Higher education may lead to higher pay and resources in your job, but you aren’t likely to be any happier than those in lower-paying fields, according to new research soon to be published in the Journal of Applied Psychology.
Researchers from the University of Notre Dame found that while individuals with higher education have greater job variety, autonomy, and income, those jobs tend to be more demanding and stressful, essentially balancing out the benefits of education. Another key finding was that educated women in particular, faced a greater negative impact on job satisfaction than their male counterparts.
To explore the effect of education on job satisfaction, the researchers reviewed recent research on job satisfaction and included samples data sets from Britain and Australia. This first study involved using “a meta-analytic technique on 74 independent samples since the year 2000,” revealing almost no connection between job satisfaction and education, the researchers write.
Assuming there was more to this finding, they conducted a second study using the job demands-resources model, which states that when job demands are high and resources low, employee burnout and stress increase. Here, they used the same Australian data set from their initial study.
Through further testing, they found that while education can increase job satisfaction due to higher pay, increased flexibility, and more rewarding work, it also decreases job satisfaction because of increased stress and job demands.
“Ultimately, the indirect net effect of education on job satisfaction (via demands alone and via demands and stress) is negative,” the researchers write. “Thus, these findings suggest that those with higher education experience somewhat lower job satisfaction, in part, because of the greater job demands they encounter and thus more stressful working conditions.”
Greater negative impact to women
The researchers also found that this negative effect of education on job satisfaction was greater in women than men.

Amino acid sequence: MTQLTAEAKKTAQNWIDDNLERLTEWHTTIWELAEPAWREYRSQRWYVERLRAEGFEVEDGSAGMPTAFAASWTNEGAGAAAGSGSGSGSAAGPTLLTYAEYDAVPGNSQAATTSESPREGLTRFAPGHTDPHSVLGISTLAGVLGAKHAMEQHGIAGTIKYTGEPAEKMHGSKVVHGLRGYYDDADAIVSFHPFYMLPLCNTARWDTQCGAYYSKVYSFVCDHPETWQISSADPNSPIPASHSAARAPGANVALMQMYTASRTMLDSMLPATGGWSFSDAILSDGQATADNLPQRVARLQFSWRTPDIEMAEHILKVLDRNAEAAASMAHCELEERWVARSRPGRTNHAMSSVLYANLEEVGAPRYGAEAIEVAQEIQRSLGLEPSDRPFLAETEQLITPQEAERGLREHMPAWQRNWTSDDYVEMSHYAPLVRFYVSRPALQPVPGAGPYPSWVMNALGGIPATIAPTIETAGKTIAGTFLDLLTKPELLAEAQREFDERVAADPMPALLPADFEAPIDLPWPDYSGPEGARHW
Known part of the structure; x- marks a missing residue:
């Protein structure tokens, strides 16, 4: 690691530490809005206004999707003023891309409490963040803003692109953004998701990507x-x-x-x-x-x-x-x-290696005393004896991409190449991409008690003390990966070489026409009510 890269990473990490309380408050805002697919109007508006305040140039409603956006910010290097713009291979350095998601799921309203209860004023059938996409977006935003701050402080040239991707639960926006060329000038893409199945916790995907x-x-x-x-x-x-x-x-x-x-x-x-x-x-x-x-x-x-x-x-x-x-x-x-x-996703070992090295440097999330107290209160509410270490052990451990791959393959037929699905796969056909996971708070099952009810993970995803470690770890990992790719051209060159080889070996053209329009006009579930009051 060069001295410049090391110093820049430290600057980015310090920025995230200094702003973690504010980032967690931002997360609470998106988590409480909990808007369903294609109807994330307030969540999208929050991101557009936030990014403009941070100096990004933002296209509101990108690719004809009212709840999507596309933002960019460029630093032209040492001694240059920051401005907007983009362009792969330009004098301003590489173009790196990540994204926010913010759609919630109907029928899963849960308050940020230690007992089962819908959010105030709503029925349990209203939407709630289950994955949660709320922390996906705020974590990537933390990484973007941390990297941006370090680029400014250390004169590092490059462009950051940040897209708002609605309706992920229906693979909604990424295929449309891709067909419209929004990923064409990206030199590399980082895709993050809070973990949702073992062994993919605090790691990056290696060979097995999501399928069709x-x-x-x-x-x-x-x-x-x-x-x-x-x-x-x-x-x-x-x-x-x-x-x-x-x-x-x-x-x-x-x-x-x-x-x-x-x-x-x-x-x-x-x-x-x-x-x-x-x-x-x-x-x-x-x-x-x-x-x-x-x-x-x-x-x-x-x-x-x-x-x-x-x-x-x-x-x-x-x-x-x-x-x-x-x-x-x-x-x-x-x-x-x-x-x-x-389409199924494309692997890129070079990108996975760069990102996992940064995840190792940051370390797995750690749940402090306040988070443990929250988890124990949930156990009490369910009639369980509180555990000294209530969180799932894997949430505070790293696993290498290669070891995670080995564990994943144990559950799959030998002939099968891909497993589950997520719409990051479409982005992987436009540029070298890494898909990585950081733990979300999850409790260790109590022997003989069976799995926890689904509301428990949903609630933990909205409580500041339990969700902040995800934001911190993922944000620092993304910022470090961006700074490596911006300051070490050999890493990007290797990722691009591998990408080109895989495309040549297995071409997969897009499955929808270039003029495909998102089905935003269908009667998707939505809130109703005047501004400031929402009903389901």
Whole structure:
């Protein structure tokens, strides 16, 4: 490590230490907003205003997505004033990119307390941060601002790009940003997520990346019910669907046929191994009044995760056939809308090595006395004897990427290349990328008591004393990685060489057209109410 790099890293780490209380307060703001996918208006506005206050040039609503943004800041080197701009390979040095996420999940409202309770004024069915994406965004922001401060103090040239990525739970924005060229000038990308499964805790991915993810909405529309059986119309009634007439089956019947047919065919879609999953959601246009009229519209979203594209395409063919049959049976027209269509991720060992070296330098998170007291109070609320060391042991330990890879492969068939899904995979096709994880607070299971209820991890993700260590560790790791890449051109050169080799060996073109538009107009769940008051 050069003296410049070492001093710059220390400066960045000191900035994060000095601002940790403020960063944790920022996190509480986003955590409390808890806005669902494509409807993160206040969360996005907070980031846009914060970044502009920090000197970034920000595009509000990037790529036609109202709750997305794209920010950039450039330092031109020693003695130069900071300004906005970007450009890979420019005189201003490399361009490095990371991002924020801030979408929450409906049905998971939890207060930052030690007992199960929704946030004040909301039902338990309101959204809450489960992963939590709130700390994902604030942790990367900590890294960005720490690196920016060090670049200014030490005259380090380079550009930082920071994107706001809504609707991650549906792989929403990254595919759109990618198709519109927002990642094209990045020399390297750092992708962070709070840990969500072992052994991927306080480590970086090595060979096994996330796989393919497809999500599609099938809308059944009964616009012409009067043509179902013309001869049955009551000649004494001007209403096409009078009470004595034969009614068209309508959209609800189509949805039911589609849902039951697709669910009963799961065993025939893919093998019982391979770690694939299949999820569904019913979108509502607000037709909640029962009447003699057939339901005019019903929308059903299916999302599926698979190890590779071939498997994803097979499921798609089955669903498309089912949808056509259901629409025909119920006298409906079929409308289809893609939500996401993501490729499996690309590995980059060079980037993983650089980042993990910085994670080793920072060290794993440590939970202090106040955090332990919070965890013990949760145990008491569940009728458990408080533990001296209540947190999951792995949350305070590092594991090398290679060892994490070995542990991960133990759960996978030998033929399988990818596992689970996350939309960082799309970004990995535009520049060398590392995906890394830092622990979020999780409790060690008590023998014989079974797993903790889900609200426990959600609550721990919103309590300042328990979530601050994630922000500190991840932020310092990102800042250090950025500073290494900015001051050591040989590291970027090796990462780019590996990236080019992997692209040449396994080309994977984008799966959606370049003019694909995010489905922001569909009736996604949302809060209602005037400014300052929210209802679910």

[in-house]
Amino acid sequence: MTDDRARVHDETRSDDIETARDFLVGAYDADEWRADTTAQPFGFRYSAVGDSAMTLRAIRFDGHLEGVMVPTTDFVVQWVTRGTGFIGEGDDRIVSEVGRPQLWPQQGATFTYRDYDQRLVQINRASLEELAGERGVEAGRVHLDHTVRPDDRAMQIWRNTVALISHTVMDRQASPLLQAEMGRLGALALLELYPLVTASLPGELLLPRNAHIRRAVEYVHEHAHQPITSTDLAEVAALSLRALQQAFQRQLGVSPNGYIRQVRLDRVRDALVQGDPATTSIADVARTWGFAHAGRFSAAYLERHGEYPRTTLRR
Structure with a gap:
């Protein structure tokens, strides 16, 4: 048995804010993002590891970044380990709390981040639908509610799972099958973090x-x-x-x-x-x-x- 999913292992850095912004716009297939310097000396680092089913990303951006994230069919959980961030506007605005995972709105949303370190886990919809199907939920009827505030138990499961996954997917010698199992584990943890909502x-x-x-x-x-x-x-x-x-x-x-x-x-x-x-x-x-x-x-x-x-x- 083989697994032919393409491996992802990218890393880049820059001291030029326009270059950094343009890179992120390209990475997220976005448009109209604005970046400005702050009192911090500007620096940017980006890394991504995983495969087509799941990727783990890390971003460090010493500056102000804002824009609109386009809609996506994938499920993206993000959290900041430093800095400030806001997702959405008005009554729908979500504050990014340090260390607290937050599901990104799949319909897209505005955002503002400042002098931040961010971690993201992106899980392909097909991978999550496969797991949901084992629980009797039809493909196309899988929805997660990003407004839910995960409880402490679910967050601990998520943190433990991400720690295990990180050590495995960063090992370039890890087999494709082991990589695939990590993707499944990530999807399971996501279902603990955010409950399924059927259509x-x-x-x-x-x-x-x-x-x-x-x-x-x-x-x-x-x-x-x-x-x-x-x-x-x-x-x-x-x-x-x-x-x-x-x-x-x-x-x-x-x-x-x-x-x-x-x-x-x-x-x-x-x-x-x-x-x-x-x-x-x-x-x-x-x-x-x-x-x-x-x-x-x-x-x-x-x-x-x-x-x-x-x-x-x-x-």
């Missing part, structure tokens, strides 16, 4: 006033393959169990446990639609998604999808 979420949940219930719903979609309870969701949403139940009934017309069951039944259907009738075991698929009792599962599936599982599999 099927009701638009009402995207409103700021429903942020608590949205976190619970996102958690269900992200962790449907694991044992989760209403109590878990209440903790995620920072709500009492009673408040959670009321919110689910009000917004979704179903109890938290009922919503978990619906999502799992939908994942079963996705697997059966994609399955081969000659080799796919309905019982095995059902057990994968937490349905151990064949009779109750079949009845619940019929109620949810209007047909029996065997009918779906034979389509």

“Our results also indicate that highly educated women are more likely to earn higher income and experience greater job variety than their male counterparts,” they write. “But they report significantly less autonomy, greater qualitative demands—which is associated with greater job stress—and more hours worked.”
Educated self-employed workers more satisfied
In addition, the researchers looked at highly educated self-employed individuals and found that while these workers earned less money, experienced less flexibility and variety, and had slightly greater demands in their jobs, they worked fewer hours and were more satisfied overall than wage-employed individuals.
“Altogether, compared to their wage-employed counterparts, those in self-employment seem to be more insulated from the adverse effects of education on job stress and satisfaction,” the researchers write.
Key takeaways for managers and employees
While the researchers admit more investigation is needed and that exploring education and job satisfaction alone may be misleading, they say their work does provide some important considerations for employees and managers.
To help ensure greater job satisfaction when deciding whether to accept a job offer, employees will want to more closely consider:
- Tradeoffs such as more stressful, time-sensitive work, longer hours worked, etc.
- What their priorities are
- Does the job fit their values?
To help ensure their employees are happy with their jobs, managers can:
- Explore ways to help their staff better cope with greater demands at work
- Limit number of hours worked
- Ensure adequate separation between work and personal time
“We do not suggest avoiding higher education to achieve higher job satisfaction,” the researchers conclude. “Rather, while our indirect effects are relatively small, a realistic calculation of trade-offs between desirable working conditions and experiences of stress and job satisfaction may still help workers make decisions that suit their priorities or recalibrate their values.”